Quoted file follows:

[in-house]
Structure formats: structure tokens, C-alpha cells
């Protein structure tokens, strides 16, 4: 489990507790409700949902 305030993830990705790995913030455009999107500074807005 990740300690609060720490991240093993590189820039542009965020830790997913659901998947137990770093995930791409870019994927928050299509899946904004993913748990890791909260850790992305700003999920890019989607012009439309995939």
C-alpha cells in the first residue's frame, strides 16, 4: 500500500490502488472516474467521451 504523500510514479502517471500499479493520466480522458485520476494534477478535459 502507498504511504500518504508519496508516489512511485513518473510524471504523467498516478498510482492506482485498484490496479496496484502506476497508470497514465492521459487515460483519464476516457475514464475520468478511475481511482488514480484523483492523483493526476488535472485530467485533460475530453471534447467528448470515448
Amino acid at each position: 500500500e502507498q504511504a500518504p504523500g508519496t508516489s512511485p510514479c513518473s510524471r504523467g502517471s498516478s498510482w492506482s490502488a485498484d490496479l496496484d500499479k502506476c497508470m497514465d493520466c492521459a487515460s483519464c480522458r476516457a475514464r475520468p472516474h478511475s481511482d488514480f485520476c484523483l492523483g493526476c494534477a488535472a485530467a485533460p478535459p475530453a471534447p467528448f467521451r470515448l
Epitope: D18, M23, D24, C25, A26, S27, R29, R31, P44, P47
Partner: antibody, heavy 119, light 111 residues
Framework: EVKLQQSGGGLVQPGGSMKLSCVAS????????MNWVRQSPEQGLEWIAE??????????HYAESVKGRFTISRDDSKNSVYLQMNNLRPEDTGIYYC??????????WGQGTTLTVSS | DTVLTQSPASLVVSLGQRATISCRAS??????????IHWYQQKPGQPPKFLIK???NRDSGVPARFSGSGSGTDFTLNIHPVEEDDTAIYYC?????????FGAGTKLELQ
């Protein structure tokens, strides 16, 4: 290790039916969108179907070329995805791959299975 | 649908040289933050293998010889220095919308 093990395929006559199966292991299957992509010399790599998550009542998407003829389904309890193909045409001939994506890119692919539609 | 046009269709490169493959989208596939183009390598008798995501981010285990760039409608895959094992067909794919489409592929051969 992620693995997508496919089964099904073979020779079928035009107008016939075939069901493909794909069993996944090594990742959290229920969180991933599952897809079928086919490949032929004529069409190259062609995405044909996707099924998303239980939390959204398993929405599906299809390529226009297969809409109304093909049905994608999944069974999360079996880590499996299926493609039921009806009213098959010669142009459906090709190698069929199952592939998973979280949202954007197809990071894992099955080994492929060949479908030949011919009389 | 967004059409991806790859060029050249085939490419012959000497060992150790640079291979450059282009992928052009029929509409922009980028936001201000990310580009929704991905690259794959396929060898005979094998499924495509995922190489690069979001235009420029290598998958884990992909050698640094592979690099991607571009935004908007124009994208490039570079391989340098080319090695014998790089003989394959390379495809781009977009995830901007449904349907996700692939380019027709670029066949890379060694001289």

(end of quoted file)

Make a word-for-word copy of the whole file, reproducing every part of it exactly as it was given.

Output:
[in-house]
Structure formats: structure tokens, C-alpha cells
């Protein structure tokens, strides 16, 4: 489990507790409700949902 305030993830990705790995913030455009999107500074807005 990740300690609060720490991240093993590189820039542009965020830790997913659901998947137990770093995930791409870019994927928050299509899946904004993913748990890791909260850790992305700003999920890019989607012009439309995939």
C-alpha cells in the first residue's frame, strides 16, 4: 500500500490502488472516474467521451 504523500510514479502517471500499479493520466480522458485520476494534477478535459 502507498504511504500518504508519496508516489512511485513518473510524471504523467498516478498510482492506482485498484490496479496496484502506476497508470497514465492521459487515460483519464476516457475514464475520468478511475481511482488514480484523483492523483493526476488535472485530467485533460475530453471534447467528448470515448
Amino acid at each position: 500500500e502507498q504511504a500518504p504523500g508519496t508516489s512511485p510514479c513518473s510524471r504523467g502517471s498516478s498510482w492506482s490502488a485498484d490496479l496496484d500499479k502506476c497508470m497514465d493520466c492521459a487515460s483519464c480522458r476516457a475514464r475520468p472516474h478511475s481511482d488514480f485520476c484523483l492523483g493526476c494534477a488535472a485530467a485533460p478535459p475530453a471534447p467528448f467521451r470515448l
Epitope: D18, M23, D24, C25, A26, S27, R29, R31, P44, P47
Partner: antibody, heavy 119, light 111 residues
Framework: EVKLQQSGGGLVQPGGSMKLSCVAS????????MNWVRQSPEQGLEWIAE??????????HYAESVKGRFTISRDDSKNSVYLQMNNLRPEDTGIYYC??????????WGQGTTLTVSS | DTVLTQSPASLVVSLGQRATISCRAS??????????IHWYQQKPGQPPKFLIK???NRDSGVPARFSGSGSGTDFTLNIHPVEEDDTAIYYC?????????FGAGTKLELQ
């Protein structure tokens, strides 16, 4: 290790039916969108179907070329995805791959299975 | 649908040289933050293998010889220095919308 093990395929006559199966292991299957992509010399790599998550009542998407003829389904309890193909045409001939994506890119692919539609 | 046009269709490169493959989208596939183009390598008798995501981010285990760039409608895959094992067909794919489409592929051969 992620693995997508496919089964099904073979020779079928035009107008016939075939069901493909794909069993996944090594990742959290229920969180991933599952897809079928086919490949032929004529069409190259062609995405044909996707099924998303239980939390959204398993929405599906299809390529226009297969809409109304093909049905994608999944069974999360079996880590499996299926493609039921009806009213098959010669142009459906090709190698069929199952592939998973979280949202954007197809990071894992099955080994492929060949479908030949011919009389 | 967004059409991806790859060029050249085939490419012959000497060992150790640079291979450059282009992928052009029929509409922009980028936001201000990310580009929704991905690259794959396929060898005979094998499924495509995922190489690069979001235009420029290598998958884990992909050698640094592979690099991607571009935004908007124009994208490039570079391989340098080319090695014998790089003989394959390379495809781009977009995830901007449904349907996700692939380019027709670029066949890379060694001289």